24 September 2008

Hey, Kids! What Day Is It?

It's National Punctuation Day! And in observance I'm bringing back Oz and Ends's PUNCTUATION WEEK, at least for a few days.

To start with, here's a reminder of how the little matter of punctuation still matters to important and right-thinking people. Author Gail Gauthier brought this recent posting from Kirkus Reviews to my attention. Editor Vicky Smith warns authors and publishers that poor copyediting might cost one of their books big.

Consider the case of one of the best young-adult books of the year. It caught both the reviewer and me up with its compelling plot, world-building and character development, but the galley was so riddled with errors that, in the end, I could not read past them. I contacted the publisher in the hopes that these had been corrected in the finished book and discovered that, alas, many--too many--had not. They were errors of the most basic sort, the kind that we all learned about (and then many of us forgot) in eighth-grade grammar. . . .

After consultation, the reviewer and I agreed that although we both felt the story deserved a starred review, it should not receive one; we felt we had to look at the book as a whole, and the whole included too many grammatical faults to ignore. The publisher has assured me that the errors will be corrected in the second printing.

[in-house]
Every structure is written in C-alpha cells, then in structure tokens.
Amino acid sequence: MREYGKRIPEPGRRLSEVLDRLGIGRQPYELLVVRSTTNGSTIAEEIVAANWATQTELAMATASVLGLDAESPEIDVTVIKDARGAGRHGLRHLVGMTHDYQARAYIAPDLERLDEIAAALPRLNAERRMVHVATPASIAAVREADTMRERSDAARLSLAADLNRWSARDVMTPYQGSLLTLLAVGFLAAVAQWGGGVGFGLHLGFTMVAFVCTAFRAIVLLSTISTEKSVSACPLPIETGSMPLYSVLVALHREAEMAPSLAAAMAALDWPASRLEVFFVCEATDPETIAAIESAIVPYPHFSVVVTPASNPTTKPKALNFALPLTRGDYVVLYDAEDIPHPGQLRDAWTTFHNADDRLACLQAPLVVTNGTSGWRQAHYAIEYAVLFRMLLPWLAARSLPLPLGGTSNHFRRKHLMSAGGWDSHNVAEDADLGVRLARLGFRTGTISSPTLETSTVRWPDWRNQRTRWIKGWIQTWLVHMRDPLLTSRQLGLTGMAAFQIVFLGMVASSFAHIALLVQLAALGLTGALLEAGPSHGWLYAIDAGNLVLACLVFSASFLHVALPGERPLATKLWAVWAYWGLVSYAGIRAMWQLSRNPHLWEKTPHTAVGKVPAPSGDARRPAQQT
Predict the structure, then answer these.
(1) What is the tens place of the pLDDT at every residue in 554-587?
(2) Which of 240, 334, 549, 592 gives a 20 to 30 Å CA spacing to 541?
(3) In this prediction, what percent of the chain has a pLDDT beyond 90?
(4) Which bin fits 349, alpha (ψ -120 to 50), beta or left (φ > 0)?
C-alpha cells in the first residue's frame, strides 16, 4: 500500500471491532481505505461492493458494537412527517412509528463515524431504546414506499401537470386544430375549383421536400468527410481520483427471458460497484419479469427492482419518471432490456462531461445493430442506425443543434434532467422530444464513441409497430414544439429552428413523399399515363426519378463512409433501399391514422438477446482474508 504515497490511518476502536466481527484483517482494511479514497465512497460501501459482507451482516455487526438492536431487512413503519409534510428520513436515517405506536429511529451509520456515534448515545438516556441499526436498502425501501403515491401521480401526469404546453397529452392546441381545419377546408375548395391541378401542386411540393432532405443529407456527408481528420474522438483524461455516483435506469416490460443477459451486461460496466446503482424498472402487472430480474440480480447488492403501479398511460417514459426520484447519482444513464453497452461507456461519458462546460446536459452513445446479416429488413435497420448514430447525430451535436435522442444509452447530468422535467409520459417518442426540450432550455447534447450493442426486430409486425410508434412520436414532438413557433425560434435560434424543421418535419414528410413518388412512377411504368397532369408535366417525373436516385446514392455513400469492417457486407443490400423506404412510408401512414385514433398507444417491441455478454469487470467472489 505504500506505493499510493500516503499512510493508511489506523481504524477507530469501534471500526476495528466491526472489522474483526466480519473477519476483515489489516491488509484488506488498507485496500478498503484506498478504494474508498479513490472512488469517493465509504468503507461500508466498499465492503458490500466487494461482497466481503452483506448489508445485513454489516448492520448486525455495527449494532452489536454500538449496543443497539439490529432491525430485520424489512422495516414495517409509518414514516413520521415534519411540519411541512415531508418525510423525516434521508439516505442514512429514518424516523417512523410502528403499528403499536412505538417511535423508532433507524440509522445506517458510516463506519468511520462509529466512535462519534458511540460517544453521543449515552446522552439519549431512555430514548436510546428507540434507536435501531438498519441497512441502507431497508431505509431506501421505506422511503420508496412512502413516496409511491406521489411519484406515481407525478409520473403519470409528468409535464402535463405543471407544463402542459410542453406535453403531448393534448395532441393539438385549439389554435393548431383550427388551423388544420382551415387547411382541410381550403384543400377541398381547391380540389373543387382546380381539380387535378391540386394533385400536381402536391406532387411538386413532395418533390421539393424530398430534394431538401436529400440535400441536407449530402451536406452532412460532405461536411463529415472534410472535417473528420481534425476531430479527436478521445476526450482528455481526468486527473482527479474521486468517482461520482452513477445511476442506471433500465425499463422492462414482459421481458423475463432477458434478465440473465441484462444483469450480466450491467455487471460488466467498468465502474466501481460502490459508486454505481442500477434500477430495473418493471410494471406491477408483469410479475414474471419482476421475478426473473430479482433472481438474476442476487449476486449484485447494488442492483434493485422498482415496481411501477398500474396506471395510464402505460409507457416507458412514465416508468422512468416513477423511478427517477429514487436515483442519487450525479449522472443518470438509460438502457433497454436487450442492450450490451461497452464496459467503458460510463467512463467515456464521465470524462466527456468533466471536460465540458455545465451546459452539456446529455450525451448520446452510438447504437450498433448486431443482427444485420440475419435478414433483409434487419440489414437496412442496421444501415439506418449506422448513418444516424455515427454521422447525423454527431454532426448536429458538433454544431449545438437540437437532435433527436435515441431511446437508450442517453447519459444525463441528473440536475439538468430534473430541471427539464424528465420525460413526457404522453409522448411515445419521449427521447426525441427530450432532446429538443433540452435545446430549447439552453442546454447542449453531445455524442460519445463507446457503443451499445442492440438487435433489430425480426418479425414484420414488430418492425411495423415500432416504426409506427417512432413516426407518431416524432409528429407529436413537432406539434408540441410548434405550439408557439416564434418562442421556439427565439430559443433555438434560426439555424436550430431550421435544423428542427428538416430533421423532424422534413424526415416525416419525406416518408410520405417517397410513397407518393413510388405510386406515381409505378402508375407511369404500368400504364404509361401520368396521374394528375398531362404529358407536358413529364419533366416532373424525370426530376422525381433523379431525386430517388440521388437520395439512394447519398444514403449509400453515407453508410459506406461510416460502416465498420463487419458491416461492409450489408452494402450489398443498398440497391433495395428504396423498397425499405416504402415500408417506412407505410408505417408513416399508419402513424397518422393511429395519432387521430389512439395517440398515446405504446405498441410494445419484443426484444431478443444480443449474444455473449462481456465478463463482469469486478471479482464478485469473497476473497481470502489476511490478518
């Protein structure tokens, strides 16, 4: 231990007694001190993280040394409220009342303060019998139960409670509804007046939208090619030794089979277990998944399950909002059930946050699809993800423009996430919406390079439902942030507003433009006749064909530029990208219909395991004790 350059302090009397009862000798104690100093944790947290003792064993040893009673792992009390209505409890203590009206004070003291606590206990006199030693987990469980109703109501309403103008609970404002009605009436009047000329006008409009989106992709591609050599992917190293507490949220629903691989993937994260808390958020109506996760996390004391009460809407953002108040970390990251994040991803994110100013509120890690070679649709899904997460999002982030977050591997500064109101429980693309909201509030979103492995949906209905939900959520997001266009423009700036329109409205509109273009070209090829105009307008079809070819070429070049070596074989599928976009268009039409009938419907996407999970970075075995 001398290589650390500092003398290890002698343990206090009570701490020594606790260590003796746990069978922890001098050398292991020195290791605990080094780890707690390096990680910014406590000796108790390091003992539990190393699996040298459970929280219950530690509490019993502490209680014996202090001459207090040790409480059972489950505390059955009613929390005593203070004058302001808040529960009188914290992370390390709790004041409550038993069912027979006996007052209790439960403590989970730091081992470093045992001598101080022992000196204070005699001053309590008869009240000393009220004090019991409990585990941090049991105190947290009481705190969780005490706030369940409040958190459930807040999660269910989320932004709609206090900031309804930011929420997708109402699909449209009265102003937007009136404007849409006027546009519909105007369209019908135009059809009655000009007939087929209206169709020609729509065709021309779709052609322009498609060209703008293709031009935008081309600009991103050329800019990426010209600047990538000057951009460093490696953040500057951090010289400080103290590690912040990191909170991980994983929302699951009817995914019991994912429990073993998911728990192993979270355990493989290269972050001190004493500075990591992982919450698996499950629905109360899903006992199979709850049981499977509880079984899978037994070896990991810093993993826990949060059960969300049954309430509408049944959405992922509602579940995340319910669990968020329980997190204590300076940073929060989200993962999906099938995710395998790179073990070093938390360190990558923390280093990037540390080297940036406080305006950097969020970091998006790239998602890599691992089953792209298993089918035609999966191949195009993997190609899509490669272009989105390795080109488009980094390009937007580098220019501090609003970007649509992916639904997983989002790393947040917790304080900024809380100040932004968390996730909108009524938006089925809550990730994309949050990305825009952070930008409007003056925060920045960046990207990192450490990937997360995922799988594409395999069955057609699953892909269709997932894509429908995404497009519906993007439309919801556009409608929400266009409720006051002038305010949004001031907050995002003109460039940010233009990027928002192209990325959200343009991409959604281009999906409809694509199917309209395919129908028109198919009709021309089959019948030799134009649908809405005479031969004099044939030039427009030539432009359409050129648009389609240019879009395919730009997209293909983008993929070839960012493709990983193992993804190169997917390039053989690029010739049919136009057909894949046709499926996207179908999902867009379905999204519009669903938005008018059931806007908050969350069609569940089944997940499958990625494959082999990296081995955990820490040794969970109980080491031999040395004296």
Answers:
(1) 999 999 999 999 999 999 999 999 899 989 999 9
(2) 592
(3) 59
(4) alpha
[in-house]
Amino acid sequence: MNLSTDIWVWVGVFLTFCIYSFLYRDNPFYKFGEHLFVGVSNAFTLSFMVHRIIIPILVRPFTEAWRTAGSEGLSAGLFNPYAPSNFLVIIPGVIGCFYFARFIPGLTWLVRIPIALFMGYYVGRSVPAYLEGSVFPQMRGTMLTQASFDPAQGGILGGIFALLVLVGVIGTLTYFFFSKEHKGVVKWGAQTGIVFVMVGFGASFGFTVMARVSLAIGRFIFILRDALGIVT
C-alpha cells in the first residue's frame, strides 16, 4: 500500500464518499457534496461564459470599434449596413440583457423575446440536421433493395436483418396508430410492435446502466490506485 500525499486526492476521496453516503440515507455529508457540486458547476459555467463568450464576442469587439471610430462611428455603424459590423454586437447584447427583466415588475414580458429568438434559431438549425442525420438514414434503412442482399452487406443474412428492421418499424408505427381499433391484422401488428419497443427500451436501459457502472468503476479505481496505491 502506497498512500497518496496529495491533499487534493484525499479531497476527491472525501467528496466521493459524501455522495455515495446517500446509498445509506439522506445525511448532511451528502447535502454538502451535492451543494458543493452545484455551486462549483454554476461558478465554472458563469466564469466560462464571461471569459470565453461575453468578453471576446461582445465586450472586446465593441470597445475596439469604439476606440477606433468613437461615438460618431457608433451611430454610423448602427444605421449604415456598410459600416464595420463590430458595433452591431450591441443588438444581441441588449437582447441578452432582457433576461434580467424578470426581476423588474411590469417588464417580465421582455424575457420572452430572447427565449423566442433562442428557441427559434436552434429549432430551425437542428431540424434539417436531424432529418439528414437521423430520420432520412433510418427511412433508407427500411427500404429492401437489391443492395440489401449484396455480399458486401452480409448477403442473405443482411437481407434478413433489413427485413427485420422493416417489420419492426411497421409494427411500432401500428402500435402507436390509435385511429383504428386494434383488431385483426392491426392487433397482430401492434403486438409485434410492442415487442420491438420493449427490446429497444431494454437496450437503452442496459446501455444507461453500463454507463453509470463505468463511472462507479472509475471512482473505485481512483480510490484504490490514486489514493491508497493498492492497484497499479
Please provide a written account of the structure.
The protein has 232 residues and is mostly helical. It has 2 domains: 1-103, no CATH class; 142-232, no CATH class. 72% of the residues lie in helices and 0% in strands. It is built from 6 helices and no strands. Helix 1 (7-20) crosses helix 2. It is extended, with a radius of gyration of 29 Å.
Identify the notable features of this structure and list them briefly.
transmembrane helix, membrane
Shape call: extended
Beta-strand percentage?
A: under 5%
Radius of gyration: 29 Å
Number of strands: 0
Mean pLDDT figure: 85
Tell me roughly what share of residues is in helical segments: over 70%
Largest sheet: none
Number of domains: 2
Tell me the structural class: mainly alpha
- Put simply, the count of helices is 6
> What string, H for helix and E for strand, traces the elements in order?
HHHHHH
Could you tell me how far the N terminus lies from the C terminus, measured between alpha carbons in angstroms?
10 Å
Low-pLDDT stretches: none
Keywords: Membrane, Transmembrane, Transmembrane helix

The publisher could have tried to bull through the criticism as the McCain-Palin campaign has been doing, claiming that what look like mistakes were correct all along. But the fact that the publisher plans to correct those items shows that they weren't part of the narrative voice, or reflections of an alternative style sheet. They were errors.

As for which book that was, Monica Edinger reported that most children's-lit people were guessing The Hunger Games, published by Scholastic.

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